A historical perspective, drawn from the Ordnance Gazetteer
of Scotland: A Survey of Scottish Topography, Statistical, Biographical and
Historical, edited by
Francis H. Groome
and originally published in parts by Thomas C. Jack, Grange Publishing Works,
Edinburgh between 1882 and 1885.
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aryhill, a police burgh in Barony parish, NW Lanarkshire, on the left bank of the river Kelvin, 3½ miles NNW of the centre of Glasgow, with which it is connected by tramway and by the Glasgow and Helensburgh section of the North British railway. It occupies a brae descending to the picturesque and romantic dell of the Kelvin, which dell is spanned by the four-arch viaduct, 83 feet high and 400 long, of the Forth and Clyde Canal- Maryhill possesses in itself and in its environs such strong attractions of scenery as draw many visitors from Glasgow, and exhibits for the most part a well-built, pleasant appearance. It has a post office under Glasgow, with money order, savings' bank, and telegraph departments, branches of the Royal and Union Banks, an hotel, 3 Established churches, 2 Free churches, a U.P. church, a Roman Catholic church, 4 public and 2 Roman Catholic schools, iron, bleach, glass, and print works, etc. Under Glasgow are noticed the Maryhill Barracks and the Dawsholm gasworks. The burgh is governed by a senior and 2 junior magistrates and 9 other police commissioners. Valuation (1875) £30, 939, (1884) £65, 637. Pop. of quoad sacra parish (1881) 39, 980; of town (1841) 2552, (1861) 3717, (1871) 5842, (1881) l2, 884, of whom 6525 were males. Houses in town (1881) 2240 inhabited, 691 vacant, 5 building.Ord. Sur., sh. 30, 1866.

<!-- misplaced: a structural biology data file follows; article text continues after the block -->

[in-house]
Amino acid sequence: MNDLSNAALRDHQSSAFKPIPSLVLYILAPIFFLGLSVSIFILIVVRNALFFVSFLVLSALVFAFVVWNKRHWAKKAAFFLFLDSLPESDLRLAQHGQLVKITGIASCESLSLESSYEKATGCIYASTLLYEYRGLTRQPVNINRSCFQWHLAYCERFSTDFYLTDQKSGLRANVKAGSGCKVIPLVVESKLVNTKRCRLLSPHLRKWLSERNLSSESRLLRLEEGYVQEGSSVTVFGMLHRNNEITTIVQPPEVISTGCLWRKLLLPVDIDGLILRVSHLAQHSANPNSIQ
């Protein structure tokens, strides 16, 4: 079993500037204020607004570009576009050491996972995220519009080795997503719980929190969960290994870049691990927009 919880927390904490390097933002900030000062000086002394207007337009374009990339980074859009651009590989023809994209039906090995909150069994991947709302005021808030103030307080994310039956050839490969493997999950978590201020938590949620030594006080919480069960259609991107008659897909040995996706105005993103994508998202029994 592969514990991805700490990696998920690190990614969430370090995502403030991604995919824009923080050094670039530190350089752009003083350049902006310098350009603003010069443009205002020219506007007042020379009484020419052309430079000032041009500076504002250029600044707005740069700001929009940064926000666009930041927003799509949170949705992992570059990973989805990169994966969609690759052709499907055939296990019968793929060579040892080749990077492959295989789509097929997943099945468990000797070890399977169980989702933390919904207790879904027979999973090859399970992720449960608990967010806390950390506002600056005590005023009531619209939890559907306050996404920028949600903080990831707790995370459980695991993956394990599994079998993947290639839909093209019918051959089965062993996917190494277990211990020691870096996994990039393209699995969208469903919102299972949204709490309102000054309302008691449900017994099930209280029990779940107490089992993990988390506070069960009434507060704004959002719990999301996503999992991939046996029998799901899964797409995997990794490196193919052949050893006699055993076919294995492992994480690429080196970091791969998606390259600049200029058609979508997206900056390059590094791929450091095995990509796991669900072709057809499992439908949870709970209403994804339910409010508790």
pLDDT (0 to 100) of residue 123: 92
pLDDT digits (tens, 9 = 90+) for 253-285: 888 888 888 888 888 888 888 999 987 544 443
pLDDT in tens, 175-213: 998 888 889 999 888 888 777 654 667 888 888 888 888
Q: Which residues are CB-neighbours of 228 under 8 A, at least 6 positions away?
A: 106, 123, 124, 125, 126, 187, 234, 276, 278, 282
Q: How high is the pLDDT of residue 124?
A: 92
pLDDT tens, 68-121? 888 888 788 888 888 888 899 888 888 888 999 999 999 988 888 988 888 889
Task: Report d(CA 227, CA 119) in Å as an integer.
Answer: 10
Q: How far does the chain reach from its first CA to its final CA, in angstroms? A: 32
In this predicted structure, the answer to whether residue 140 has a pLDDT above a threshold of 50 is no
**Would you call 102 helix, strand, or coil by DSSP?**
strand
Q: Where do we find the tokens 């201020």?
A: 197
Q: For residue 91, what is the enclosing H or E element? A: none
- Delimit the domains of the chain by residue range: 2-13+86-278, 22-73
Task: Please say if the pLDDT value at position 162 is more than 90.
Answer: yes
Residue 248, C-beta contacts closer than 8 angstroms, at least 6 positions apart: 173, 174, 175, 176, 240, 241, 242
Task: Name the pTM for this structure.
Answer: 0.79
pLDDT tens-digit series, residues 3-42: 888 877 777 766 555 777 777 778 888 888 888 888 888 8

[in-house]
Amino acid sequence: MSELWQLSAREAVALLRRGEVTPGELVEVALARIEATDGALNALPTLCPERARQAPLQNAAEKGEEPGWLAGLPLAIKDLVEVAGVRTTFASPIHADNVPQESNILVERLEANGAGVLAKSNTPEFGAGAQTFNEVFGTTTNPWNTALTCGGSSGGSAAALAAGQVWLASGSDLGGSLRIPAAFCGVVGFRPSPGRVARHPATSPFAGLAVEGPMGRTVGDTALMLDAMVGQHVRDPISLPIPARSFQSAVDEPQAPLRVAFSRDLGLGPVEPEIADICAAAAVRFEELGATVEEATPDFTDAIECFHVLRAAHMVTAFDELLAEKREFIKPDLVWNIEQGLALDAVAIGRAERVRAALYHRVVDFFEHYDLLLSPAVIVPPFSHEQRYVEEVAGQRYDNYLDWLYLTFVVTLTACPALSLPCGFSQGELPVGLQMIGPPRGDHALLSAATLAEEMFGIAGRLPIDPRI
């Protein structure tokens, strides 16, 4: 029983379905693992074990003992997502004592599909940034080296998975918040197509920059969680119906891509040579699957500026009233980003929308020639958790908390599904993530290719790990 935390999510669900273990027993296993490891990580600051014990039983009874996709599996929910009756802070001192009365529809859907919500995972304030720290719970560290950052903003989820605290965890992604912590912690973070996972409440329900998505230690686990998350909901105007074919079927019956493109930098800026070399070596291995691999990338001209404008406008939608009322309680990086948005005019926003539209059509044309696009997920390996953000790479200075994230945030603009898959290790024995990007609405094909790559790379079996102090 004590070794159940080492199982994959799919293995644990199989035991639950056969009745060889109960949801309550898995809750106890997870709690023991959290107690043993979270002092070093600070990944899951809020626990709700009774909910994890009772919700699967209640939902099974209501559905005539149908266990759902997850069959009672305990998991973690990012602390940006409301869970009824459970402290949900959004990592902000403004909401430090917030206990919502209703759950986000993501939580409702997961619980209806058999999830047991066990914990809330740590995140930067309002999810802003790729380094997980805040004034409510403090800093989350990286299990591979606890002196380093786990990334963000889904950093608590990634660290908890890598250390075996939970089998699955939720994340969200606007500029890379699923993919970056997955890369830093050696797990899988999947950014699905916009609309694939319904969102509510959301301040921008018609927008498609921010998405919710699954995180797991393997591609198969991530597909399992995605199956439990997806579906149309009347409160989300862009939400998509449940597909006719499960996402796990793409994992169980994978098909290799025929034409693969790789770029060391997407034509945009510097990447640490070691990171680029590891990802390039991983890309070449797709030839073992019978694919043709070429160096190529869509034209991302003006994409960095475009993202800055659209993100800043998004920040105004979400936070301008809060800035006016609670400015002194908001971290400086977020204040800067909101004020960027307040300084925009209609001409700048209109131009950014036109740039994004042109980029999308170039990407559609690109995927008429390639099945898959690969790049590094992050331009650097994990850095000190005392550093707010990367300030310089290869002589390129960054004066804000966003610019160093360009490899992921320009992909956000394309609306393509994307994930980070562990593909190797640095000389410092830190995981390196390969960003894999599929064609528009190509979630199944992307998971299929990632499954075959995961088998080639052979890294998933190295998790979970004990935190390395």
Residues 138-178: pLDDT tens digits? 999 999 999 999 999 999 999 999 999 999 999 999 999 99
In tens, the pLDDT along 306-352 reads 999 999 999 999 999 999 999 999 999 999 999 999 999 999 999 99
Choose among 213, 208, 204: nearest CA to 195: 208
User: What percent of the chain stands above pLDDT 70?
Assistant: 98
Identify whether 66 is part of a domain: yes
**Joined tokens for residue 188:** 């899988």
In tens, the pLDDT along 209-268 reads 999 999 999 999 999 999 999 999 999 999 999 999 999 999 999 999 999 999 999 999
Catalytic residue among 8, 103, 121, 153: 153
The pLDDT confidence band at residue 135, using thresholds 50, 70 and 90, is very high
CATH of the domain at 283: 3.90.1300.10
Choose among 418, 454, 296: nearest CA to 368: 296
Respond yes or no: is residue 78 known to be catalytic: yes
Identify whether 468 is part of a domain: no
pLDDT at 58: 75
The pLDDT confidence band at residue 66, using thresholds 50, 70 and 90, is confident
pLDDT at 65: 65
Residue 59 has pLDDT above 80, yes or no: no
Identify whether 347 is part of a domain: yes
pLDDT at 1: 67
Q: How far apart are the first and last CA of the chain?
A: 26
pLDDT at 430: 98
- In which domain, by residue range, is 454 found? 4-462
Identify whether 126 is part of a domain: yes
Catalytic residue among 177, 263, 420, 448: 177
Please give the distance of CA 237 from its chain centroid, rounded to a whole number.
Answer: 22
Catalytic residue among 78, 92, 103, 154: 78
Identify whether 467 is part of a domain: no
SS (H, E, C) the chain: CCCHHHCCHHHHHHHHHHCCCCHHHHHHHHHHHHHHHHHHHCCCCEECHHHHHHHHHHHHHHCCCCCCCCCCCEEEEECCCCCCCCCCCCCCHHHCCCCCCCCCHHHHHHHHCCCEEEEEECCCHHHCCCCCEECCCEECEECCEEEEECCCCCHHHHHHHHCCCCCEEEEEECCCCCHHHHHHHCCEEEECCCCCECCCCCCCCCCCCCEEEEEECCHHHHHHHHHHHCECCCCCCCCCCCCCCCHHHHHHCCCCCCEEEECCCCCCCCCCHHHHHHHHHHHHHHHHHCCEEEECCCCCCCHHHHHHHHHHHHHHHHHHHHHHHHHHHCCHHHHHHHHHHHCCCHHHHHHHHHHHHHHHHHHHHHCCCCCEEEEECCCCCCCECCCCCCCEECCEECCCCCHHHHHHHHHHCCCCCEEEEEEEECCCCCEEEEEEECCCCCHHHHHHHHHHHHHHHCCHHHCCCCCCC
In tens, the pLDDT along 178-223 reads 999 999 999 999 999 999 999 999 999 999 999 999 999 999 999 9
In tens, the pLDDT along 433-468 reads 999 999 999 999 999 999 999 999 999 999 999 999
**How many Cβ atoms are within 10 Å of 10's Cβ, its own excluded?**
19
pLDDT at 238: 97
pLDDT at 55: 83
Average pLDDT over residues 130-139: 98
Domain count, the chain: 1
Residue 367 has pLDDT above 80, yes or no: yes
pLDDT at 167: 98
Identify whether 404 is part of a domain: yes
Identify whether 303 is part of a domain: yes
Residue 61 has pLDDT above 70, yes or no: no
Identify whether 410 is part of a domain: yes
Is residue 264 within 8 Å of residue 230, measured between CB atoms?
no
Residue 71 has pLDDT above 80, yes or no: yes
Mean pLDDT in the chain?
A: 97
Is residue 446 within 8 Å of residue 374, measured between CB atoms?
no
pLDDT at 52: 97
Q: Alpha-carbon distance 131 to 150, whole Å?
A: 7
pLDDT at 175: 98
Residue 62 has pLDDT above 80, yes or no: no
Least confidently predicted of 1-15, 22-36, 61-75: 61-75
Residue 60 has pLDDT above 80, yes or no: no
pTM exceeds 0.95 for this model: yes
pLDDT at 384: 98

An accompanying 19th C. Ordnance Survey map is
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